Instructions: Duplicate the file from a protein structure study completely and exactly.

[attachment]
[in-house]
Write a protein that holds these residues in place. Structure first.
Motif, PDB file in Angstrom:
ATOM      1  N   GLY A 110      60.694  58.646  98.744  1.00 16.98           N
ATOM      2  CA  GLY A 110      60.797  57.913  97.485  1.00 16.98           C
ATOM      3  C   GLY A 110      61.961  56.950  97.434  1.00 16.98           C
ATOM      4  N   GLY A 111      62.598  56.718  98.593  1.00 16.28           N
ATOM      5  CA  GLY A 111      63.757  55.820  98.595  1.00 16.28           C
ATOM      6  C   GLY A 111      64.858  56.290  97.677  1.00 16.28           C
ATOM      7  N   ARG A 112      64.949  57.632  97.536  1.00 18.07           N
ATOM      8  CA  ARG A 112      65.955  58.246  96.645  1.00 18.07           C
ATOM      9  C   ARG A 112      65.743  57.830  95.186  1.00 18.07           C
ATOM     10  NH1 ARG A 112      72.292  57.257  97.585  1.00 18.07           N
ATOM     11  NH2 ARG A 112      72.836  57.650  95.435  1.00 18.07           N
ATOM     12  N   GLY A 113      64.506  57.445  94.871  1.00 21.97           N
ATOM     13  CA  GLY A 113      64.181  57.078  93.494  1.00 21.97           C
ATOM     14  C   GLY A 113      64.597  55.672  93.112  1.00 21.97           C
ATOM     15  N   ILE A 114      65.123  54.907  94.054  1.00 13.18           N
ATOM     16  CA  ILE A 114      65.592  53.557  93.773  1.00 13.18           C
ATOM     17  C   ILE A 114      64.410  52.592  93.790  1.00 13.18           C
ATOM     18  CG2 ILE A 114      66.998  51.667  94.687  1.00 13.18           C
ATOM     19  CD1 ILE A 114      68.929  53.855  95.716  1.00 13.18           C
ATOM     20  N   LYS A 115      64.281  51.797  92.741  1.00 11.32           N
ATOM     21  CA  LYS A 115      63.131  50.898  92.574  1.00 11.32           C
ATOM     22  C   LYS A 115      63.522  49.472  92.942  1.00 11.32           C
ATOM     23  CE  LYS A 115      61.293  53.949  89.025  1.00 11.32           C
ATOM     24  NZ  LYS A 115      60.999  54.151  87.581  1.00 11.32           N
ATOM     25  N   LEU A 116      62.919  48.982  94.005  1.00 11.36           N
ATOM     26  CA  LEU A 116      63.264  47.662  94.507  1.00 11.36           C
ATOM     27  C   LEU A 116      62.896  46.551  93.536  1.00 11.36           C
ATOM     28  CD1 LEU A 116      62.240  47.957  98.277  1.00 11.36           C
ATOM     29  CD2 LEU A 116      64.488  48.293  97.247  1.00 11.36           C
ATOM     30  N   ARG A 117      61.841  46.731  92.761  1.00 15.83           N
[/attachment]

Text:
[in-house]
Write a protein that holds these residues in place. Structure first.
Motif, PDB file in Angstrom:
ATOM      1  N   GLY A 110      60.694  58.646  98.744  1.00 16.98           N
ATOM      2  CA  GLY A 110      60.797  57.913  97.485  1.00 16.98           C
ATOM      3  C   GLY A 110      61.961  56.950  97.434  1.00 16.98           C
ATOM      4  N   GLY A 111      62.598  56.718  98.593  1.00 16.28           N
ATOM      5  CA  GLY A 111      63.757  55.820  98.595  1.00 16.28           C
ATOM      6  C   GLY A 111      64.858  56.290  97.677  1.00 16.28           C
ATOM      7  N   ARG A 112      64.949  57.632  97.536  1.00 18.07           N
ATOM      8  CA  ARG A 112      65.955  58.246  96.645  1.00 18.07           C
ATOM      9  C   ARG A 112      65.743  57.830  95.186  1.00 18.07           C
ATOM     10  NH1 ARG A 112      72.292  57.257  97.585  1.00 18.07           N
ATOM     11  NH2 ARG A 112      72.836  57.650  95.435  1.00 18.07           N
ATOM     12  N   GLY A 113      64.506  57.445  94.871  1.00 21.97           N
ATOM     13  CA  GLY A 113      64.181  57.078  93.494  1.00 21.97           C
ATOM     14  C   GLY A 113      64.597  55.672  93.112  1.00 21.97           C
ATOM     15  N   ILE A 114      65.123  54.907  94.054  1.00 13.18           N
ATOM     16  CA  ILE A 114      65.592  53.557  93.773  1.00 13.18           C
ATOM     17  C   ILE A 114      64.410  52.592  93.790  1.00 13.18           C
ATOM     18  CG2 ILE A 114      66.998  51.667  94.687  1.00 13.18           C
ATOM     19  CD1 ILE A 114      68.929  53.855  95.716  1.00 13.18           C
ATOM     20  N   LYS A 115      64.281  51.797  92.741  1.00 11.32           N
ATOM     21  CA  LYS A 115      63.131  50.898  92.574  1.00 11.32           C
ATOM     22  C   LYS A 115      63.522  49.472  92.942  1.00 11.32           C
ATOM     23  CE  LYS A 115      61.293  53.949  89.025  1.00 11.32           C
ATOM     24  NZ  LYS A 115      60.999  54.151  87.581  1.00 11.32           N
ATOM     25  N   LEU A 116      62.919  48.982  94.005  1.00 11.36           N
ATOM     26  CA  LEU A 116      63.264  47.662  94.507  1.00 11.36           C
ATOM     27  C   LEU A 116      62.896  46.551  93.536  1.00 11.36           C
ATOM     28  CD1 LEU A 116      62.240  47.957  98.277  1.00 11.36           C
ATOM     29  CD2 LEU A 116      64.488  48.293  97.247  1.00 11.36           C
ATOM     30  N   ARG A 117      61.841  46.731  92.761  1.00 15.83           N